Worrying About Mortgage Servicers’ Fate

Mortgage servicing is hot. Goldman Sachs is looking at buying the C-Bass servicing

unit, and there are many other deals going through as well, such as Wilbur Ross

paying $435 million for the servicing business of American Home, and Carrington

Capital Management buying the servicing business of New Century Financial for

$184 million.

I have to say this worries me. Joe

Giannone explains that loan servicing is an attractive business to be in

during a housing bust:

Litton makes changes to mortgages that can help struggling borrowers pay

their debt, a business that would do well as delinquency rates rise.

Ideally, however, loan servicing isn’t a standalone business – certainly

not one which should be levered up by Wall Street and then bought with the intention

of selling it later at a large profit. If you simply have a lender and a borrower,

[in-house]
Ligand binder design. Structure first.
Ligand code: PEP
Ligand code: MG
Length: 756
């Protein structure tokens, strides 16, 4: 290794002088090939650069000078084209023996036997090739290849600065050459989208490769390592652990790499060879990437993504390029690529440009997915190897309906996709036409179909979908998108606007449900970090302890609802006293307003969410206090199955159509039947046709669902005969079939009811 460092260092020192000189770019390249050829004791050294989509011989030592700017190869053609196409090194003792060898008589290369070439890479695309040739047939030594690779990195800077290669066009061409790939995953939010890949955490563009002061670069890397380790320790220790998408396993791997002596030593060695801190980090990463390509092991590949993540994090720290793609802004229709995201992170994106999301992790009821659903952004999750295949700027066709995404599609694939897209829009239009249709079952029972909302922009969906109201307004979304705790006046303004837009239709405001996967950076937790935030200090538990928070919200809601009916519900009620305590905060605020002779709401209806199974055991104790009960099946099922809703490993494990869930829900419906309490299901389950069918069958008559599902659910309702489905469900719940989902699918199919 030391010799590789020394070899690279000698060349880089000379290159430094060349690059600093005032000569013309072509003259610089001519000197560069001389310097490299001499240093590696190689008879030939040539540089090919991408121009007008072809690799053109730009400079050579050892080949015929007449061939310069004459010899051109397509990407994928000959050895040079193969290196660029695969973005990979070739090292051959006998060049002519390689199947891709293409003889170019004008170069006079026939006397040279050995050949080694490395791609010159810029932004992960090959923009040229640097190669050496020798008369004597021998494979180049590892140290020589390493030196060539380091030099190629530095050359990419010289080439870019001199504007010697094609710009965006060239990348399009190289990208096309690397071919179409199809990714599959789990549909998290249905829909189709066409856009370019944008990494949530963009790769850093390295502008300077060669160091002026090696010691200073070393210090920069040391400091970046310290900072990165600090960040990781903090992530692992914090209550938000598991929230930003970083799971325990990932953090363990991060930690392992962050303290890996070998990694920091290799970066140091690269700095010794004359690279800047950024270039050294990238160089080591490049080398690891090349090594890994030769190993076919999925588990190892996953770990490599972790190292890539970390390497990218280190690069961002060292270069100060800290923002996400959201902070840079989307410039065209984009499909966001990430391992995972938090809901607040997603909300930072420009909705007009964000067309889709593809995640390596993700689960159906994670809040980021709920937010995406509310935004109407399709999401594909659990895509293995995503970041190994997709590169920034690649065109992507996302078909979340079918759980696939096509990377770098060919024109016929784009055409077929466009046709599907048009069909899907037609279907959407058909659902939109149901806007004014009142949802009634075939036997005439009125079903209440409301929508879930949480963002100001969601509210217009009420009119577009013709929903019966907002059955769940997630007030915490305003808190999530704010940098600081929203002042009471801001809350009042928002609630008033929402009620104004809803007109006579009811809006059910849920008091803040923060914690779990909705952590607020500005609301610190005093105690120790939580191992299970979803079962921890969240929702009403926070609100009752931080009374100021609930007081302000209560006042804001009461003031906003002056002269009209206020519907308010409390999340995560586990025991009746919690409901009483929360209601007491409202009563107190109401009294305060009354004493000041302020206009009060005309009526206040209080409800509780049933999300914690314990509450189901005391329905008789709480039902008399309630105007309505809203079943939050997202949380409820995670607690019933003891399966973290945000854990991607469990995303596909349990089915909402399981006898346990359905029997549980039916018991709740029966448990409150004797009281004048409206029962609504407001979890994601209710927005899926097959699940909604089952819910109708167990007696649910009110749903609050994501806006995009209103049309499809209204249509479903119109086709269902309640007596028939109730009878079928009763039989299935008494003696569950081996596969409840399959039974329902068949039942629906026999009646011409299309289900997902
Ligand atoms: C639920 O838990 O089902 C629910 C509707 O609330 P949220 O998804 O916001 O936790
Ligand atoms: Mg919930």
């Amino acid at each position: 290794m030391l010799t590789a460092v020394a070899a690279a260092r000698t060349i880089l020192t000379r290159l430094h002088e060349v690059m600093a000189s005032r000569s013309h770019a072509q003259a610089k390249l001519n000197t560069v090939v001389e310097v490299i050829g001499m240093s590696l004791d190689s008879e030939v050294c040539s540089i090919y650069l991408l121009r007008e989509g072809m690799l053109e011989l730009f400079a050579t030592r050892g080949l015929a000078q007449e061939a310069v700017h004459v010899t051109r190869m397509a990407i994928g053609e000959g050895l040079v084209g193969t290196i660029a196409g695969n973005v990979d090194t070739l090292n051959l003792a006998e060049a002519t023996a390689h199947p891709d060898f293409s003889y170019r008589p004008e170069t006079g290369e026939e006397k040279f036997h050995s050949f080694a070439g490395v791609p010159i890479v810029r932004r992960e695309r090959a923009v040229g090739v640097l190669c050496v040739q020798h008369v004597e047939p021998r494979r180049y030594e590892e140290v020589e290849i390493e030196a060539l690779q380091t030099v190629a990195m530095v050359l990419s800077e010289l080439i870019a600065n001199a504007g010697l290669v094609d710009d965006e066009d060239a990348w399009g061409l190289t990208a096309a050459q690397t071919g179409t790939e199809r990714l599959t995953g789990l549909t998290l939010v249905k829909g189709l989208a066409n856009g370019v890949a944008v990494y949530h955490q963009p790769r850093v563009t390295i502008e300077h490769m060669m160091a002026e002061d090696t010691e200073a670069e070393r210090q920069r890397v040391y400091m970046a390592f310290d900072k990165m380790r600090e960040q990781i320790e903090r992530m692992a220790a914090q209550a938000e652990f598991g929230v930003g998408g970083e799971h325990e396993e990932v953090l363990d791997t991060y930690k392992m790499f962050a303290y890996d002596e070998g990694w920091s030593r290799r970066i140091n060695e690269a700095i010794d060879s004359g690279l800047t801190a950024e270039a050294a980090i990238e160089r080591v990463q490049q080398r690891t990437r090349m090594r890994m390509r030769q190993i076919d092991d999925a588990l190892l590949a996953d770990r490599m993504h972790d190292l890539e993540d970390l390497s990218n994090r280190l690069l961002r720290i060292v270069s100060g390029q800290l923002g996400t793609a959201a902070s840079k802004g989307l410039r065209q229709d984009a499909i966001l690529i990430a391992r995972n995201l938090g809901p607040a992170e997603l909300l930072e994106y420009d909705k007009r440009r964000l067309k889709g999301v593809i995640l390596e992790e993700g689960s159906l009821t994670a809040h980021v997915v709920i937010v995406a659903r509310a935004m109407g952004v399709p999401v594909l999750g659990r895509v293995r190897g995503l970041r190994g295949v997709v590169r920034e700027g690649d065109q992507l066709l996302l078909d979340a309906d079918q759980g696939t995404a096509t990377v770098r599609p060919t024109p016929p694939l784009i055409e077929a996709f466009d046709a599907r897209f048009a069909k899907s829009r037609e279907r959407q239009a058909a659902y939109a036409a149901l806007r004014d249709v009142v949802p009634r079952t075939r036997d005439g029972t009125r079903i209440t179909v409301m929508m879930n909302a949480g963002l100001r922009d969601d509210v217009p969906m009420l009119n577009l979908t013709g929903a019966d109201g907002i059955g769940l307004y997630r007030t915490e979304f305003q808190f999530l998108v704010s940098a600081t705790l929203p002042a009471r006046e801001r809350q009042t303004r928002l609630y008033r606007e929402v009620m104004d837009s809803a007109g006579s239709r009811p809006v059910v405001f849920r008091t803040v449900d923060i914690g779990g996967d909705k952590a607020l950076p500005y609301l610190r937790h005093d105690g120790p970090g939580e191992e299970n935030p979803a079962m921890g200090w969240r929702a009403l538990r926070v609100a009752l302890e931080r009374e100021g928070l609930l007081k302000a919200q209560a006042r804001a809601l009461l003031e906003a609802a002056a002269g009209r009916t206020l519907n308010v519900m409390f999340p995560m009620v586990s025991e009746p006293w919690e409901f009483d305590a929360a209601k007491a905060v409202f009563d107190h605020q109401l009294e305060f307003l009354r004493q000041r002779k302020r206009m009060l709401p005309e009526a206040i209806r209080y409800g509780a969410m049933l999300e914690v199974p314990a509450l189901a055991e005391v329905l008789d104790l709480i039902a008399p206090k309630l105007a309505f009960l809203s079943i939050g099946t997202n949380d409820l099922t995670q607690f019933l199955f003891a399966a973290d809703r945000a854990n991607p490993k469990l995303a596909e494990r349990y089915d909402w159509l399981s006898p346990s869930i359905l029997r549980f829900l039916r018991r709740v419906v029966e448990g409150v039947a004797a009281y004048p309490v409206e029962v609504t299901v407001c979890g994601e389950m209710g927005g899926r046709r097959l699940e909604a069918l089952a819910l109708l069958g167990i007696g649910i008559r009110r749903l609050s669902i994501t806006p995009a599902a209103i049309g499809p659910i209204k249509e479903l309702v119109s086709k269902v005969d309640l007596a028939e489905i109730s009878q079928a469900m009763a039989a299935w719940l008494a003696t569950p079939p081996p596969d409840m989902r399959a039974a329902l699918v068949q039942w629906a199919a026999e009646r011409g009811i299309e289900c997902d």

then often the servicing arm of the lender can be incredibly valuable to both

sides: a good loan servicer will find a way to keep the borrower in their house,

and maximize the value of the loan for the lender, which otherwise might have

to write it off or go through a painful, expensive, and protracted foreclosure


What happens, however, when the servicer is a for-profit entity not connected

with the lender? Suddenly, there’s a conflict between saving money for the lender,

on the one hand, and making money for itself, on the other. A simple mortgage

renegotiation is not very lucrative, for a servicer; a fully-blown foreclosure,

on the other hand, provides much more in the way of opportunities to profit.

More generally, any savings from the negotiation now have to be split three

ways (between the lender, the borrower, and the servicer) rather than just two

ways (between the lender and the borrower).

In other words, if servicers get bought up by financial investors, that’s bad

news for borrowers. What’s needed now is more common sense in the mortgage world,

and less profit motive. But the banks and hedge funds who are buying up the

servicers have nothing but a profit motive – and I can’t say that I’ve

seen a great deal of common sense from them of late.

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